Santana escaped the inning without allowing anymore runs. Adam Kennedy and Chone Figgins--suffice it to say, two players who weren't picked in our pool--led off the bottom of the third with walks. After Darin Erstad flied out to left, Vladimir Guerrero stepped up and deposited Brown's second pitch over the center field wall. Brett was on the board. My brother and nephew were working the rest of us over really good at this point.

The Halos knocked Brown out of the box in the fourth. Joe Torre turned matters over to Alex Graman. Now, I've heard of Alex Grammas before but never this guy. Oh well, the lefty was making his first appearance of the season and only the fourth of his big-league career. He gave up a double, an intentional walk, and a run-scoring single while facing four batters. Exit stage left. Felix Rodriguez came in and retired Bengie Molina on a groundout, stranding two runners. Angels 8, Yankees 3.

New York scored another run in the top of the fifth to make it 8-4. The managers were going deeper and deeper into the bullpens as Esteban Yan and Buddy Groom held the opposing sides scoreless in the sixth. Looking at the scoreboard, I noticed Yan's stats and wisecracked, "There's no way he has an ERA under 4."

Sure enough, Jason Giambi took him deep over the CF wall with a monster blast that not only put the Yankees within striking distance, it got me on the board, too. It was the 16th time the former opposite-field singles hitter from Long Beach State went yard this season and his 11th in the past 16 games. Yes, you read that right. In case you didn't know, this guy has been on fire in July (.379/.507/1.034).

With the score now 8-6, the Yankees sent in another biggie with the appropro name of Aaron Small. Where do they find such pitchers? A 33-year-old with a career ERA over 5 makes me want to start loosening up my arm a bit. Oh well, he got the Angels 1-2-3 in the bottom of the seventh.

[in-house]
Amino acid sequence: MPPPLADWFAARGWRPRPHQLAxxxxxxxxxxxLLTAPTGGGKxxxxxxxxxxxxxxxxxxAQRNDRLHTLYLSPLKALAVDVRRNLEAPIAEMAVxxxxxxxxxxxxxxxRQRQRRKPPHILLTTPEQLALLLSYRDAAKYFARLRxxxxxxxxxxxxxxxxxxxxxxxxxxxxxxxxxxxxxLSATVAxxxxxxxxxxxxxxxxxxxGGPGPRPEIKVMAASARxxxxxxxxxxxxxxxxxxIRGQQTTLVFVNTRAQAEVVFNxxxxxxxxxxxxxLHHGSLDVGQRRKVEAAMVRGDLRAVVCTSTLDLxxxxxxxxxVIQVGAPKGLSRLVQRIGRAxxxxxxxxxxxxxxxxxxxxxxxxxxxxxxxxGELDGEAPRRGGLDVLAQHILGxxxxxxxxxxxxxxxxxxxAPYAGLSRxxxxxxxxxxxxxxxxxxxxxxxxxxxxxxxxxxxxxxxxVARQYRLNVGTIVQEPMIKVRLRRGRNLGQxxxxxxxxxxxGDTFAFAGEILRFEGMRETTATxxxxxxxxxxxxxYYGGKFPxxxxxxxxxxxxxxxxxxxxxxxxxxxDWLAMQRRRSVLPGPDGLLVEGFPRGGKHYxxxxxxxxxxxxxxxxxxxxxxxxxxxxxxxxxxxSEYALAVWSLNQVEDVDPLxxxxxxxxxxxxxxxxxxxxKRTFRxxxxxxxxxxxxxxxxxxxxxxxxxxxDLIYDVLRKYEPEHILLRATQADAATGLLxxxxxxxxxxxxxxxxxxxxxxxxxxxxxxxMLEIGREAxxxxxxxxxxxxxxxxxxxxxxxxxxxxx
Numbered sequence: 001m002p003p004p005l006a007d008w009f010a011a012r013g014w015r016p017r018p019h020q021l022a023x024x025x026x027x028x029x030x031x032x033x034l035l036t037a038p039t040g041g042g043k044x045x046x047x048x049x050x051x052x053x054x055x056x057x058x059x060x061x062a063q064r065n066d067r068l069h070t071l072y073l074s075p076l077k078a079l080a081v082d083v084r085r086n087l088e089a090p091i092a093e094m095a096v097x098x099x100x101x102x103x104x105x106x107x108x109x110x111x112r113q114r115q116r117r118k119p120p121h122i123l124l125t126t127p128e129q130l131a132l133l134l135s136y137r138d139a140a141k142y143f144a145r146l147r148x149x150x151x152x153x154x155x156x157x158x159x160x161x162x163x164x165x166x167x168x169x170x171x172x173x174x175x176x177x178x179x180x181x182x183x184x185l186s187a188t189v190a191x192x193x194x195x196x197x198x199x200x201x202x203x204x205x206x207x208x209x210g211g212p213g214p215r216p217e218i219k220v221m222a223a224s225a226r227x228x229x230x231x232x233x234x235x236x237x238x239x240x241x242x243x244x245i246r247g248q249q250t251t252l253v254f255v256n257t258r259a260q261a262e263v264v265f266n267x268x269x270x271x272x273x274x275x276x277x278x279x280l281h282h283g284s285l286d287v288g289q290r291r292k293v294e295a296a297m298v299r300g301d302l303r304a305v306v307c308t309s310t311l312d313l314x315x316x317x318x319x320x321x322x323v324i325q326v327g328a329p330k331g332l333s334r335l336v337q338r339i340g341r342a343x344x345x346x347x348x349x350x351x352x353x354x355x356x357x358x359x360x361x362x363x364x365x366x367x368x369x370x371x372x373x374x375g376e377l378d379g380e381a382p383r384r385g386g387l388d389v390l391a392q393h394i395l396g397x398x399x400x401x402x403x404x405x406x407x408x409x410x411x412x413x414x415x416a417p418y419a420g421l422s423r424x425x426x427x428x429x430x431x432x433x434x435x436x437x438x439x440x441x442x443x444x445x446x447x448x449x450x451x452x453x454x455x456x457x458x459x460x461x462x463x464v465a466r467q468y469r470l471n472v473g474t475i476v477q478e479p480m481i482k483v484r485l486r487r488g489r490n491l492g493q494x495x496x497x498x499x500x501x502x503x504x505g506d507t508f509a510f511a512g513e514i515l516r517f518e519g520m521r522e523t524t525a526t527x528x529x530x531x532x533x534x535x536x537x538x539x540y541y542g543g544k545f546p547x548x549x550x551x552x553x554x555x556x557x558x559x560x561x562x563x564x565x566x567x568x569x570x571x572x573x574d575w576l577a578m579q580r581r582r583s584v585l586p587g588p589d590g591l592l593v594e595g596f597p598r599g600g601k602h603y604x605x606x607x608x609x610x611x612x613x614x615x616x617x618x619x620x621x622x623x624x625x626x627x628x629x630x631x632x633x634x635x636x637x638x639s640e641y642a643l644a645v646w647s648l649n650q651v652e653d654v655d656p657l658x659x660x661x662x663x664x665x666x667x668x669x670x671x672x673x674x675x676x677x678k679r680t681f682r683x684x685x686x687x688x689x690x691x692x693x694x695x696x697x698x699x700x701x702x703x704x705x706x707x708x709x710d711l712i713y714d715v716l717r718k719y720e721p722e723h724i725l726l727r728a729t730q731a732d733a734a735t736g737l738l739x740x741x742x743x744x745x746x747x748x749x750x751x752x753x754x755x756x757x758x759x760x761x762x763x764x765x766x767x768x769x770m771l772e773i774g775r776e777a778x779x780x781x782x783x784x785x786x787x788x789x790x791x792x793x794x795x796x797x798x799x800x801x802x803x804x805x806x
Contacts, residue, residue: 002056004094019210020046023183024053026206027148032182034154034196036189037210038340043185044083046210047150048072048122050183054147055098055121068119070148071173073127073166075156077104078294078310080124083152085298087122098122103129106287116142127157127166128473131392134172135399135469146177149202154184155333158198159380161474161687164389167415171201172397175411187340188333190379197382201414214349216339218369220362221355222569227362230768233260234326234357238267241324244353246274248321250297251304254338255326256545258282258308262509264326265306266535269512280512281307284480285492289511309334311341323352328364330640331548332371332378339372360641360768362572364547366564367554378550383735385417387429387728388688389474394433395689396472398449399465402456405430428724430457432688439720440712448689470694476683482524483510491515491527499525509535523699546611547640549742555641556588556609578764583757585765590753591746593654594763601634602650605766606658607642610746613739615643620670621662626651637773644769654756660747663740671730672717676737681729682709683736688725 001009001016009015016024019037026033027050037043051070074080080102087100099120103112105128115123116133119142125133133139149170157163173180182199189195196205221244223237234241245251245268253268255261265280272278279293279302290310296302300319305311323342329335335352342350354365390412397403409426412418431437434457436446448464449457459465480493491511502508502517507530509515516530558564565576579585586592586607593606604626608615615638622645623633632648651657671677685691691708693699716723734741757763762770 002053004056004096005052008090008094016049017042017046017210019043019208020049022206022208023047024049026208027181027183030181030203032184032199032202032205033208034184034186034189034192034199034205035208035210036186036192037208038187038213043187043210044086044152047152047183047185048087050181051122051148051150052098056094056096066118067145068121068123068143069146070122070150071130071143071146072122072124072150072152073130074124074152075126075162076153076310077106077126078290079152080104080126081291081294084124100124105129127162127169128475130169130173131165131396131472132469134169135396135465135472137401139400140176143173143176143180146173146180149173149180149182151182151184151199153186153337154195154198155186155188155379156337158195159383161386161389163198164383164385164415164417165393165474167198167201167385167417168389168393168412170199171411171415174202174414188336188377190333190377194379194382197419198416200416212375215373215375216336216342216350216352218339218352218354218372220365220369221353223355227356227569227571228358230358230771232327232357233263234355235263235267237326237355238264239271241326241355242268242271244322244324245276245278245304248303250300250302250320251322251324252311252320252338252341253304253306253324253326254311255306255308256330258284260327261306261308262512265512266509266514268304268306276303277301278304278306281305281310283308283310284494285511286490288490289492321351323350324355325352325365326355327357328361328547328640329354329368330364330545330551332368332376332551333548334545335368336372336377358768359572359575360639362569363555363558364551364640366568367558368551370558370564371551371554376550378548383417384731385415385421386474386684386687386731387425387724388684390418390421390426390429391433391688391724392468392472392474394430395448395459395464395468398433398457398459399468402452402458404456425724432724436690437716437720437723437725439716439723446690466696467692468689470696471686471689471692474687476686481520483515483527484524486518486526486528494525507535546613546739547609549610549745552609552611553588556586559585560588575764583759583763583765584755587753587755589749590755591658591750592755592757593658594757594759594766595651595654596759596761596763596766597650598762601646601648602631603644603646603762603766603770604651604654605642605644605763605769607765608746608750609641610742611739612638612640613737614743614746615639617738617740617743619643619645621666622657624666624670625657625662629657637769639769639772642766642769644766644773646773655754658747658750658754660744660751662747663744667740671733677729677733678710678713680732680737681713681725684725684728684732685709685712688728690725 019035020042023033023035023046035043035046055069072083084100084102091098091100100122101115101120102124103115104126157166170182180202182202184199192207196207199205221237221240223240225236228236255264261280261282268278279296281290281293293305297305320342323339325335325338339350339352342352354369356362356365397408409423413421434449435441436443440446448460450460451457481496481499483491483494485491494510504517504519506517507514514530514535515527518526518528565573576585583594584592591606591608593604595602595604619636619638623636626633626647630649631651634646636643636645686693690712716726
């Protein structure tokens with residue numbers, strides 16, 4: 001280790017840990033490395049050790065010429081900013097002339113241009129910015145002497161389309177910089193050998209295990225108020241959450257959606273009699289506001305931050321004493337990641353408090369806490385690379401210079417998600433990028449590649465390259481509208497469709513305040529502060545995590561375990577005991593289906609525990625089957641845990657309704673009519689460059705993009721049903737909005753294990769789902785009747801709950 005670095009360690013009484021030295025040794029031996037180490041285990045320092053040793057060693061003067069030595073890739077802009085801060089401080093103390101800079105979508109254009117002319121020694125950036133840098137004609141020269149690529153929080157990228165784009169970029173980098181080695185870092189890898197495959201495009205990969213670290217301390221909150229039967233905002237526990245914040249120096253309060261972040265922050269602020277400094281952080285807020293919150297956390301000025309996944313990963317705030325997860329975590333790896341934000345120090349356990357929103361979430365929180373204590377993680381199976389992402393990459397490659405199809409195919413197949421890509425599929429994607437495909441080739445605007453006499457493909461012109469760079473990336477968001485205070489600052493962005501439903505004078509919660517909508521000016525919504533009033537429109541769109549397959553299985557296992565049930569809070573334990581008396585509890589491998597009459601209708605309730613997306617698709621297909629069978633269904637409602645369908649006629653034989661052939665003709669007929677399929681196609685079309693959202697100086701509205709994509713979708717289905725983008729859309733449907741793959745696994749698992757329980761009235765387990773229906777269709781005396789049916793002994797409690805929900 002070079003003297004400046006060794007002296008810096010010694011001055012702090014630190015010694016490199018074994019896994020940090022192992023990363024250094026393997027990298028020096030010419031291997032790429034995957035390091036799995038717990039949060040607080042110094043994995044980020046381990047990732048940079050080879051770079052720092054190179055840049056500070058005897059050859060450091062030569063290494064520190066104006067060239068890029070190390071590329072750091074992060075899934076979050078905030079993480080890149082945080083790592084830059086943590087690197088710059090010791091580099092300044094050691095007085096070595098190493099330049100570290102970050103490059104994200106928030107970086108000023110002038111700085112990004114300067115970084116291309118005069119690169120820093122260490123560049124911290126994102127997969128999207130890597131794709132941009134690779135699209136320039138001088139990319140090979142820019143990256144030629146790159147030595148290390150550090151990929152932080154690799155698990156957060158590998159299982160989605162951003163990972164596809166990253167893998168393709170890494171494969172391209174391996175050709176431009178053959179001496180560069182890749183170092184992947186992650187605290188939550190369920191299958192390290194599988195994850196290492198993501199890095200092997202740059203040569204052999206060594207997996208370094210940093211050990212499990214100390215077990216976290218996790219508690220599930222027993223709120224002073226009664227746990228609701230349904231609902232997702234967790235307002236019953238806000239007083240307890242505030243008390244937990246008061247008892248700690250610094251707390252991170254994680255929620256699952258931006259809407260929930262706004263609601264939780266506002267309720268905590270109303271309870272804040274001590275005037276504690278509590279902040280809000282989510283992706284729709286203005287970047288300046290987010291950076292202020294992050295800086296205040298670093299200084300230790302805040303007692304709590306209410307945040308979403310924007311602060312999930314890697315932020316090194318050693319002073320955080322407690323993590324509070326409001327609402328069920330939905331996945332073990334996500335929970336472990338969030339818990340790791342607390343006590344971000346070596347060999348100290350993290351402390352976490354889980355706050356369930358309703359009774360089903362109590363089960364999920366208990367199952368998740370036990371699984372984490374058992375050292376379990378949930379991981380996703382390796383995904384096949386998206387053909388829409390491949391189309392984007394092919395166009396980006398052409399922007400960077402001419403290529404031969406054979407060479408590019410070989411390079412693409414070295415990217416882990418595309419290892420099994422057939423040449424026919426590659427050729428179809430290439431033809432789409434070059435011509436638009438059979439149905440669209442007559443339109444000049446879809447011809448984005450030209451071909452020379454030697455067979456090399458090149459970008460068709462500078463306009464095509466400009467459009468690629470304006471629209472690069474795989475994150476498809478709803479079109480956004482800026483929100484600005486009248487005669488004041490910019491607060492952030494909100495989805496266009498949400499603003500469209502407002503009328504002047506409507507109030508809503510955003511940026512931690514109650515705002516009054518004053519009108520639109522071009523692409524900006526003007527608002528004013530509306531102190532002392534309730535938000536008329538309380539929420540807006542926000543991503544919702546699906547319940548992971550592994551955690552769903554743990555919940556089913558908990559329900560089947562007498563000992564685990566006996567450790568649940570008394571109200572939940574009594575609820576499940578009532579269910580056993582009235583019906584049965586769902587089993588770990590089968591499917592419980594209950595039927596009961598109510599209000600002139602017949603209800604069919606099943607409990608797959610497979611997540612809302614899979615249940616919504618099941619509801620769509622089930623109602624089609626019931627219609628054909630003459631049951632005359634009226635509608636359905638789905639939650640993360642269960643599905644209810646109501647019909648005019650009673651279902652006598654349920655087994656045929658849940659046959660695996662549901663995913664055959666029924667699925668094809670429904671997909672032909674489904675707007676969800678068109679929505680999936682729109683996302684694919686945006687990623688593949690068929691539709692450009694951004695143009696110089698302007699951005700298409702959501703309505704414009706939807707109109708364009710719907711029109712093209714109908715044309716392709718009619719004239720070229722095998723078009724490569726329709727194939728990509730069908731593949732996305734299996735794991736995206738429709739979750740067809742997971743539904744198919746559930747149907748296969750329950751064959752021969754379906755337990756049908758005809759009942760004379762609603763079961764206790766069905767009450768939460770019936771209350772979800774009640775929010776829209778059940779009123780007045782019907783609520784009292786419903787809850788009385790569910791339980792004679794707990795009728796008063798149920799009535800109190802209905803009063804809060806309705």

Speaking of non-descript Yankees, how about Bubba Crosby (not to be confused with Bobby Crosby)? Glen asked how he could play CF for the Bronx Bombers, following in the footsteps of Joe DiMaggio, Mickey Mantle, Bobby Murcer, and Bernie Williams. Heck, even Rickey Henderson patrolled that hallowed ground at Yankee Stadium from 1985-1987. However, not every Yankee CF has been a Hall of Famer. I mean, let's not forget Bobby Brown, Henry Cotto, and Victor Mata. Dare I mention Roger Repoz?

Despite allowing Jeter to get another one of his ugly singles to right field (his fourth hit of the game--all to the opposite field), Scot Shields did his job and kept the Yankees off the scoreboard in the eighth inning. Francisco Rodriguez handled the heart of the order--Sheff, A-Rod, and Godzilla--in the ninth with ease, nailing down his 24th save of the season while lowering his ERA to 1.82. K-Rod gave another one of his patented fist pumps after the Angels beat the Yankees for the third straight game.

We stood and cheered, then exited the stadium without squaring up. You see, it was never about the money. Instead, it was about three fathers spending time at the ballpark with their three sons.


Let it be known my pick of Tino was also a hunch (I liked the matchup of the sweet swingin' veteran lefty against an up-and-down rookie pitcher and the short porch down the right field line.)

Alas, no homers for Martinez and Finley, but they did combine to go 4-for-7, so I've got that going for me. Which is nice.